Twinkies are back in stores. But most of the jobs of the people that make them won't be returning any time soon.
There were 18,500 people working for Hostess Brands when the company went bankrupt in November, making Twinkies, Wonder Bread and a variety of other brands.
But only about 20 percent to 25 percent of those jobs will end up returning when all the brands are up and running again, according to estimates by Natalie Everett, a bread and snack industry analyst with IBISWorld.
Typically, companies that buy iconic brands like those produced by Hostess invest in equipment and machinery to replace laborers -- which is why the jobs aren't coming back, Everett said.
Hostess had two main unions when it went under: About 6,600 employees were members of a bakers' union and worked at 33 bakeries nationwide, and 7,500 were drivers who belonged to the Teamsters union.
Hostess announced plans to liquidate in November after offering workers a new contract with reduced wages and benefits. The Teamsters accepted the deal, but the bakers' union rejected it. Hostess management blamed the bakers for forcing the company to shut down.
Twinkies and a number of other Hostess snack brands were purchased by a joint venture of Apollo Global Management and Metropoulos & Co. The new company bought five bakeries but will only operate four.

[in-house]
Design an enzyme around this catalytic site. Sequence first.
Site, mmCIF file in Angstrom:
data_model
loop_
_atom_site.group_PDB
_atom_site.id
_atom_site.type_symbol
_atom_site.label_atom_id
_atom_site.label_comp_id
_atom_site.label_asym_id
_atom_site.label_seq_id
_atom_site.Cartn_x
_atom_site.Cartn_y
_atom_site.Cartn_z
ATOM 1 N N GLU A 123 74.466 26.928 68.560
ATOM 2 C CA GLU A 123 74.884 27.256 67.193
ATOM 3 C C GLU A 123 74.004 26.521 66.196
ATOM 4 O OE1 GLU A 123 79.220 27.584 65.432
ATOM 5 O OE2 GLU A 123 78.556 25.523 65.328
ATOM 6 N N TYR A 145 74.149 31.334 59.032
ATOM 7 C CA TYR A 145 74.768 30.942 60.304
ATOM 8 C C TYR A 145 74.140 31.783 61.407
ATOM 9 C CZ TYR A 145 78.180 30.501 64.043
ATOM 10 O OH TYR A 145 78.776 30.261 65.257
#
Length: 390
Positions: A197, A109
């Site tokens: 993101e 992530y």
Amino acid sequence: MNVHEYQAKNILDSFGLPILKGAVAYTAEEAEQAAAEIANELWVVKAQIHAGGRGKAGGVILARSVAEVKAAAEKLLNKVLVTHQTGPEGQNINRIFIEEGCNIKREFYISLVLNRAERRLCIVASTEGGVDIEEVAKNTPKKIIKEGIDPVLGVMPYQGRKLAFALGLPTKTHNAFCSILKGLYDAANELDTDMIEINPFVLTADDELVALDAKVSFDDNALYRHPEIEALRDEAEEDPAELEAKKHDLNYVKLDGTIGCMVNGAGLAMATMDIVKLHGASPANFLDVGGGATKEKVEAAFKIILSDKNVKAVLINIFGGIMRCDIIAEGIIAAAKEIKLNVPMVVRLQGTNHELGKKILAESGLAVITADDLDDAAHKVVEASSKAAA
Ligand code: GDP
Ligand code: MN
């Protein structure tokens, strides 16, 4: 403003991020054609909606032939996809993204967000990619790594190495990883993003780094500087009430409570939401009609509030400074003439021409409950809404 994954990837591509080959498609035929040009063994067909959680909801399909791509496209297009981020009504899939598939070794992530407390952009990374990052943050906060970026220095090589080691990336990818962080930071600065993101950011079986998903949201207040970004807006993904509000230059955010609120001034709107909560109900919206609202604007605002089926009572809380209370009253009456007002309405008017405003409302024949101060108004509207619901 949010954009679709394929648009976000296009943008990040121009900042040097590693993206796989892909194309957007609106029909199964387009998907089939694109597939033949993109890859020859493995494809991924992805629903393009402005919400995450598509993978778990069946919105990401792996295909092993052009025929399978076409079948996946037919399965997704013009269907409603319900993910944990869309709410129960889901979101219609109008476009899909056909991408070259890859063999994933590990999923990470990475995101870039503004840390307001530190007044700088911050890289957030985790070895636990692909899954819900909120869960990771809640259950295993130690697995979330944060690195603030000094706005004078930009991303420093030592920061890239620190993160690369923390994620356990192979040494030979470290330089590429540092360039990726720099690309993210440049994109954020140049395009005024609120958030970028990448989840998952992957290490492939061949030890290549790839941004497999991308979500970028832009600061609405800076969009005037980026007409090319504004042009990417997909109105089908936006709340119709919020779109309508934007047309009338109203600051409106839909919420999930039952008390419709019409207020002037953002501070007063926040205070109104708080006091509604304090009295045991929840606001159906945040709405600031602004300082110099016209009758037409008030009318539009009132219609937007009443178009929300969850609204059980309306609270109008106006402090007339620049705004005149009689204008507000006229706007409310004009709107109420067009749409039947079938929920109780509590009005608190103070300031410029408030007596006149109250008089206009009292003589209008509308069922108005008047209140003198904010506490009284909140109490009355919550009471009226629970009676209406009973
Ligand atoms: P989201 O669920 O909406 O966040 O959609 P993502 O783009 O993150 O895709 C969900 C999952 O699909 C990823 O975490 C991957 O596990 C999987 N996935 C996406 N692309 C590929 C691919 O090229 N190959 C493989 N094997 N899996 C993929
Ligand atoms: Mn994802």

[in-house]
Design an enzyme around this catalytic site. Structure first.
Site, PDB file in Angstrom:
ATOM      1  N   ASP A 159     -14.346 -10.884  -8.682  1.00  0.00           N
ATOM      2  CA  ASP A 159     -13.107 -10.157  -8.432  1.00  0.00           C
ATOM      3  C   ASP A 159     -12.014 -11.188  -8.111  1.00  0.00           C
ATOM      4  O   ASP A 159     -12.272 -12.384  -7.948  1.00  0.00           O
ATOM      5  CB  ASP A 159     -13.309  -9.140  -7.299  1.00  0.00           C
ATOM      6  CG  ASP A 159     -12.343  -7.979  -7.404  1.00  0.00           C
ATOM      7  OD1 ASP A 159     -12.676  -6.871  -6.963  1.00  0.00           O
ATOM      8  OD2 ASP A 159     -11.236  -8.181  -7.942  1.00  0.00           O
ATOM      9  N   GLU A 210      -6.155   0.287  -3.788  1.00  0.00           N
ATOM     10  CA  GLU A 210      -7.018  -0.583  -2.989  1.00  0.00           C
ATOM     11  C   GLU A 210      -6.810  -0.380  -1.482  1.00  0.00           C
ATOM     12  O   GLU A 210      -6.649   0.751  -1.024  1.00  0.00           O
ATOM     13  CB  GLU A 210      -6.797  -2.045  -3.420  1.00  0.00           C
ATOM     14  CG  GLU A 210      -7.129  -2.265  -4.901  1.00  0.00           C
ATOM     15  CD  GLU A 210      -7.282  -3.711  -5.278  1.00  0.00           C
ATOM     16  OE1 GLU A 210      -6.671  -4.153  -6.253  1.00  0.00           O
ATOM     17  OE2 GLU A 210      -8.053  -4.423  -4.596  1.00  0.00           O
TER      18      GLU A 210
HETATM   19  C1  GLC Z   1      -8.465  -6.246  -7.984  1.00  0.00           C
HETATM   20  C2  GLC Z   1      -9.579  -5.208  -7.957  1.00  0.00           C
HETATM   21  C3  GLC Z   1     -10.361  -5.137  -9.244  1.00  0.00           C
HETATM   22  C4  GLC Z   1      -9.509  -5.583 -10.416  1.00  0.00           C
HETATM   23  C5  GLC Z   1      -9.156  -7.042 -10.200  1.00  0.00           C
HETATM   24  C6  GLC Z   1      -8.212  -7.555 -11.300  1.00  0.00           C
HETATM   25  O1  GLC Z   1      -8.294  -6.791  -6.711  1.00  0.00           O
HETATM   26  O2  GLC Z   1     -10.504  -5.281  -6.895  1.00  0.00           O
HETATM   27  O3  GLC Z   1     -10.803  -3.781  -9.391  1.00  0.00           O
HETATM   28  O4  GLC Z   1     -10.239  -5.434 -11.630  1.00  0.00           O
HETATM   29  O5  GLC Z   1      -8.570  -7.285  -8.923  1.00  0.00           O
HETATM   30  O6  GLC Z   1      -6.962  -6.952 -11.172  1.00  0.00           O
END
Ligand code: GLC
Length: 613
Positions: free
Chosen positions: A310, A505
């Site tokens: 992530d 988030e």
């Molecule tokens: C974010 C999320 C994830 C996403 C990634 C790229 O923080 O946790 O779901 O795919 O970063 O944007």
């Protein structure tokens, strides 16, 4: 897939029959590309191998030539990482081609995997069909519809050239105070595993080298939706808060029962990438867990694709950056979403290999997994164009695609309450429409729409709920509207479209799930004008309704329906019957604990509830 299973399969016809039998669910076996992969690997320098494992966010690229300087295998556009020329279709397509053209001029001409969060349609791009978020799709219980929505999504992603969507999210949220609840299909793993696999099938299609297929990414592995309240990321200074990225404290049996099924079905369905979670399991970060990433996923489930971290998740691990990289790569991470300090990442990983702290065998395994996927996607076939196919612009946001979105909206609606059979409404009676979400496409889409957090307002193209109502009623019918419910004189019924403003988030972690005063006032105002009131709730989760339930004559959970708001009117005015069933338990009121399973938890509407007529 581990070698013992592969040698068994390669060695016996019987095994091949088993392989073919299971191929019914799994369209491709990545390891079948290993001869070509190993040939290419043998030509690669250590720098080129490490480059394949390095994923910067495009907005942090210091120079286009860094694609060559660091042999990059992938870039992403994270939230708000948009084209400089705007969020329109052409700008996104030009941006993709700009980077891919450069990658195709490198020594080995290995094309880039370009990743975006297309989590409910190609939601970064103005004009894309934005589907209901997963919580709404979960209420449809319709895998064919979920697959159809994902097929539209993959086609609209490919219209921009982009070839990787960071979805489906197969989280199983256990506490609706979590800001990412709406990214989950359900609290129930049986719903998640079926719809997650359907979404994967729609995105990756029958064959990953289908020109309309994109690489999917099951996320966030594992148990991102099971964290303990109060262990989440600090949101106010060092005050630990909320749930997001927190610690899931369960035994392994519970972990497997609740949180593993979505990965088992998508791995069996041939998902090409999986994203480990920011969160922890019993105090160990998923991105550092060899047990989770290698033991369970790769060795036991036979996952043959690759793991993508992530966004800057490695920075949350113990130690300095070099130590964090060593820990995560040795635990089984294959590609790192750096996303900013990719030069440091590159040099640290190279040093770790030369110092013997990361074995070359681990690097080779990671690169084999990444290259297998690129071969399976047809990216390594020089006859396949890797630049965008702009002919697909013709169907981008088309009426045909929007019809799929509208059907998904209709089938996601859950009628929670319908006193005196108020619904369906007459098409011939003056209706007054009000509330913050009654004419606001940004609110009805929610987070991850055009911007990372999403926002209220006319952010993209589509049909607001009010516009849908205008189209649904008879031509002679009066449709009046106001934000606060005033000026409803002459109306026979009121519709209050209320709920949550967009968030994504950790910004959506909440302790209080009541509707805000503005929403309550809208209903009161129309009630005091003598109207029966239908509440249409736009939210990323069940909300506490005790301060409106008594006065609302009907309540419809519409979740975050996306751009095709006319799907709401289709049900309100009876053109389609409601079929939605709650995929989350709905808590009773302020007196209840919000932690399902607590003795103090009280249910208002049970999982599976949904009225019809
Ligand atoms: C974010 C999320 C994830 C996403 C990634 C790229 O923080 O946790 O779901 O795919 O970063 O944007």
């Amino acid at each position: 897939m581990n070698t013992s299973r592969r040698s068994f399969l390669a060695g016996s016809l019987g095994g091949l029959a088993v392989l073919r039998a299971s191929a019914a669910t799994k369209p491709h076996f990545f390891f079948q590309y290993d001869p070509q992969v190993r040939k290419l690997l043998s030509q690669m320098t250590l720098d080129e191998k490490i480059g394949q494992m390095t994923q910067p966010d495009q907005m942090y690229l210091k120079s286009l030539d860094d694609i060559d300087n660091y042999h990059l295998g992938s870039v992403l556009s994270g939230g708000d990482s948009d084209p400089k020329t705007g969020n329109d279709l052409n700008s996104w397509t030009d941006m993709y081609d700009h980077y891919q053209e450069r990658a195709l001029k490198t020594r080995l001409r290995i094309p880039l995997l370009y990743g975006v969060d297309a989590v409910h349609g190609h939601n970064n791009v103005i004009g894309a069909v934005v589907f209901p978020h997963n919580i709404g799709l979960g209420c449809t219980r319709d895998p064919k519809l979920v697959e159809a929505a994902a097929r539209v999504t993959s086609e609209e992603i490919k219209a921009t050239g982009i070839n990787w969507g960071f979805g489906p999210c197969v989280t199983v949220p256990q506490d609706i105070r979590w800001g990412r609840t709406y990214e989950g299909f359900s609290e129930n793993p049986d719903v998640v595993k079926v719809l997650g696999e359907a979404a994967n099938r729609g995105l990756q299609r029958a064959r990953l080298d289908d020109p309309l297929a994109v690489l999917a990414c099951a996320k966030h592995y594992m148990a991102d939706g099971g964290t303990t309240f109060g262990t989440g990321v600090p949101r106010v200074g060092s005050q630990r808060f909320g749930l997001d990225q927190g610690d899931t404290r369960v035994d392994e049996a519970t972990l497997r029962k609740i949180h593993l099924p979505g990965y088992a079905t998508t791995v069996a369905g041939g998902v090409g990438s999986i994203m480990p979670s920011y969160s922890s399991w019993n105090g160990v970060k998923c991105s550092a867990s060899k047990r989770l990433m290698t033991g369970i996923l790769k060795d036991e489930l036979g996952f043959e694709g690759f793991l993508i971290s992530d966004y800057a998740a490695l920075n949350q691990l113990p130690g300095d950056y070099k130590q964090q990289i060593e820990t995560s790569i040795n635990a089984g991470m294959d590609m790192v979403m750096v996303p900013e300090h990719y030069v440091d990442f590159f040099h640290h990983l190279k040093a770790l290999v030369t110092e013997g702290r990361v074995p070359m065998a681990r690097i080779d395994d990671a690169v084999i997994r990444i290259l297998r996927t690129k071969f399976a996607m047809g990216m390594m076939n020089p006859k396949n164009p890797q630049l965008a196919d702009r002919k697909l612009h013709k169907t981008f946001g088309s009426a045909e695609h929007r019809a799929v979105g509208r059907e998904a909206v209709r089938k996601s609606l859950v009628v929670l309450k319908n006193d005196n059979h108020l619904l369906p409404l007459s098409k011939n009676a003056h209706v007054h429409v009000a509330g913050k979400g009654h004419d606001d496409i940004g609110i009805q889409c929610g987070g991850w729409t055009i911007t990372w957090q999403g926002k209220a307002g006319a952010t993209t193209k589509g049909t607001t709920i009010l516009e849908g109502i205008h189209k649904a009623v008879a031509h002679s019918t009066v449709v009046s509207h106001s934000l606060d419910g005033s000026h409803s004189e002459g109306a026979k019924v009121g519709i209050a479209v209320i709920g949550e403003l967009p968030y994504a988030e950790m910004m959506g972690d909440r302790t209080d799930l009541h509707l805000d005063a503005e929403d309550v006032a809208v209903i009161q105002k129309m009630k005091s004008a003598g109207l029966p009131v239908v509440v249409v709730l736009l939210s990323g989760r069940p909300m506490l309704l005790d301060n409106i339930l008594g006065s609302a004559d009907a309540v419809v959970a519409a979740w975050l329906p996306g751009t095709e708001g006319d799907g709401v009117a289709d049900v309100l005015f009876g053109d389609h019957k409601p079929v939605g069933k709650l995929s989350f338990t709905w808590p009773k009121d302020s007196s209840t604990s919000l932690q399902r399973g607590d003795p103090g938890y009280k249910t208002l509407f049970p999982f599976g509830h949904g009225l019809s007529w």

Hannah Arnold, a spokeswoman for the Apollo-Metropoulos venture, said the company plans to use 1,800 workers to produce a full line of Hostess snacks, including Twinkies.
The old Hostess had roughly 2,500 workers producing snacks. Arnold cautioned that it's "nearly impossible" to compare the two, because the new company did not buy rights to all of the brands that the old Hostess produced.
Some of the reduction in jobs is also due to the new owners' different business model.
Instead of using truck drivers as salesmen to deliver the product and stock the shelves of about 50,000 stores, the new company will hire outside trucking firms to deliver trailers full of the product to retail distribution centers.
The company says it will be able to reach even more stores that way -- an estimated 110,000 nationwide by the end of the year.
Some jobs won't be coming back due to the permanent shutting of nearly 600 outlet stores the old Hostess Brands operated to sell products directly to consumers.
Flowers Foods agreed to buy Wonder Bread and most of Hostess' other bread brands -- as well as 20 bakeries and about three dozen depots -- for $360 million. A Flowers spokesman declined to comment on staffing at these facilities because the deal hasn't yet been finalized.
A former Hostess sales representative in New York told CNNMoney that he was in the process of applying for a job with Flowers, as were a number of other ex-colleagues.
"It's a shame what happened -- we've got families to feed and we lost our benefits," the man said, requesting anonymity to avoid harming his job prospects.
One challenge for Hostess is that the entire sector has been seeing weak sales for several years.
"The general health trend is people avoiding bread products, avoiding carbs, avoiding glutens now," said Everett, the industry analyst. "The sweet treats that Hostess sold, they also have a bad rep. That said, they wouldn't be coming back if people didn't love them."